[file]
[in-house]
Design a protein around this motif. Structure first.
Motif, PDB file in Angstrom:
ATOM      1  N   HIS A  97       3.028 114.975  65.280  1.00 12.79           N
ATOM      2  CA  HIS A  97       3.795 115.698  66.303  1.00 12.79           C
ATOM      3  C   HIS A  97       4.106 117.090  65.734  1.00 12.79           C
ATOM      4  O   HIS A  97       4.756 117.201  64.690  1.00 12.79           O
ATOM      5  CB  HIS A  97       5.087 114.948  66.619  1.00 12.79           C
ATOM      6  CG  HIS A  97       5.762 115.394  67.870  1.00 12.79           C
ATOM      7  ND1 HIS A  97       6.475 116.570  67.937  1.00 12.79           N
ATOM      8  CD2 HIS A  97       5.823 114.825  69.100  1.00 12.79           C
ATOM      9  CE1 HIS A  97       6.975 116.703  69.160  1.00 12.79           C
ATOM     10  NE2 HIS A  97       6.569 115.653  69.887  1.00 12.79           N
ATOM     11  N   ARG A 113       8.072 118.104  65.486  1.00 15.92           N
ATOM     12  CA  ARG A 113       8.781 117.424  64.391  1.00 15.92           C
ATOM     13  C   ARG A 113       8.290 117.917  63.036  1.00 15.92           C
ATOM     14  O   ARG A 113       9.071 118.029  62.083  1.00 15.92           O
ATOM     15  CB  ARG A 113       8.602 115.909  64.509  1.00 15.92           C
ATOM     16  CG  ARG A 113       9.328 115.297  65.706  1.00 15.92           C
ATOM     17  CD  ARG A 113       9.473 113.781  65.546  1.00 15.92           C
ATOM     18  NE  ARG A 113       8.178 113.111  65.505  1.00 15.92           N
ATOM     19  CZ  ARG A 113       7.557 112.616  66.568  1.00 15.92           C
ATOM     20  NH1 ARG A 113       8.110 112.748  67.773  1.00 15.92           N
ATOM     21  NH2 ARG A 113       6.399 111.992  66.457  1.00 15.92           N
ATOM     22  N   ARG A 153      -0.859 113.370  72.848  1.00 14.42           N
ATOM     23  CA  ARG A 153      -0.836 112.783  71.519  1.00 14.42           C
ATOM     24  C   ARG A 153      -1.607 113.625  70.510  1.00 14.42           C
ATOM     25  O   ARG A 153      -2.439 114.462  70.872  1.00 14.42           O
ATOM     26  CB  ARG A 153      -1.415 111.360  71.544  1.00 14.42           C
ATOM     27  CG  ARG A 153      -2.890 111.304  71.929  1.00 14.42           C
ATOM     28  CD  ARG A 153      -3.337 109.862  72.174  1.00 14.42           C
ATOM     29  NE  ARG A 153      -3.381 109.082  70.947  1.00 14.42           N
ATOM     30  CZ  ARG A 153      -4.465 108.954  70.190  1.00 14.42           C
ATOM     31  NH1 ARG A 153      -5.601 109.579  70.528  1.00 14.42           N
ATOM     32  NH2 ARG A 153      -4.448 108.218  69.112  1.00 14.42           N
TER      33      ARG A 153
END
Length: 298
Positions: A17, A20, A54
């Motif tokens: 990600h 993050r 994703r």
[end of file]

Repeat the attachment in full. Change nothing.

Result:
[in-house]
Design a protein around this motif. Structure first.
Motif, PDB file in Angstrom:
ATOM      1  N   HIS A  97       3.028 114.975  65.280  1.00 12.79           N
ATOM      2  CA  HIS A  97       3.795 115.698  66.303  1.00 12.79           C
ATOM      3  C   HIS A  97       4.106 117.090  65.734  1.00 12.79           C
ATOM      4  O   HIS A  97       4.756 117.201  64.690  1.00 12.79           O
ATOM      5  CB  HIS A  97       5.087 114.948  66.619  1.00 12.79           C
ATOM      6  CG  HIS A  97       5.762 115.394  67.870  1.00 12.79           C
ATOM      7  ND1 HIS A  97       6.475 116.570  67.937  1.00 12.79           N
ATOM      8  CD2 HIS A  97       5.823 114.825  69.100  1.00 12.79           C
ATOM      9  CE1 HIS A  97       6.975 116.703  69.160  1.00 12.79           C
ATOM     10  NE2 HIS A  97       6.569 115.653  69.887  1.00 12.79           N
ATOM     11  N   ARG A 113       8.072 118.104  65.486  1.00 15.92           N
ATOM     12  CA  ARG A 113       8.781 117.424  64.391  1.00 15.92           C
ATOM     13  C   ARG A 113       8.290 117.917  63.036  1.00 15.92           C
ATOM     14  O   ARG A 113       9.071 118.029  62.083  1.00 15.92           O
ATOM     15  CB  ARG A 113       8.602 115.909  64.509  1.00 15.92           C
ATOM     16  CG  ARG A 113       9.328 115.297  65.706  1.00 15.92           C
ATOM     17  CD  ARG A 113       9.473 113.781  65.546  1.00 15.92           C
ATOM     18  NE  ARG A 113       8.178 113.111  65.505  1.00 15.92           N
ATOM     19  CZ  ARG A 113       7.557 112.616  66.568  1.00 15.92           C
ATOM     20  NH1 ARG A 113       8.110 112.748  67.773  1.00 15.92           N
ATOM     21  NH2 ARG A 113       6.399 111.992  66.457  1.00 15.92           N
ATOM     22  N   ARG A 153      -0.859 113.370  72.848  1.00 14.42           N
ATOM     23  CA  ARG A 153      -0.836 112.783  71.519  1.00 14.42           C
ATOM     24  C   ARG A 153      -1.607 113.625  70.510  1.00 14.42           C
ATOM     25  O   ARG A 153      -2.439 114.462  70.872  1.00 14.42           O
ATOM     26  CB  ARG A 153      -1.415 111.360  71.544  1.00 14.42           C
ATOM     27  CG  ARG A 153      -2.890 111.304  71.929  1.00 14.42           C
ATOM     28  CD  ARG A 153      -3.337 109.862  72.174  1.00 14.42           C
ATOM     29  NE  ARG A 153      -3.381 109.082  70.947  1.00 14.42           N
ATOM     30  CZ  ARG A 153      -4.465 108.954  70.190  1.00 14.42           C
ATOM     31  NH1 ARG A 153      -5.601 109.579  70.528  1.00 14.42           N
ATOM     32  NH2 ARG A 153      -4.448 108.218  69.112  1.00 14.42           N
TER      33      ARG A 153
END
Length: 298
Positions: A17, A20, A54
């Motif tokens: 990600h 993050r 994703r």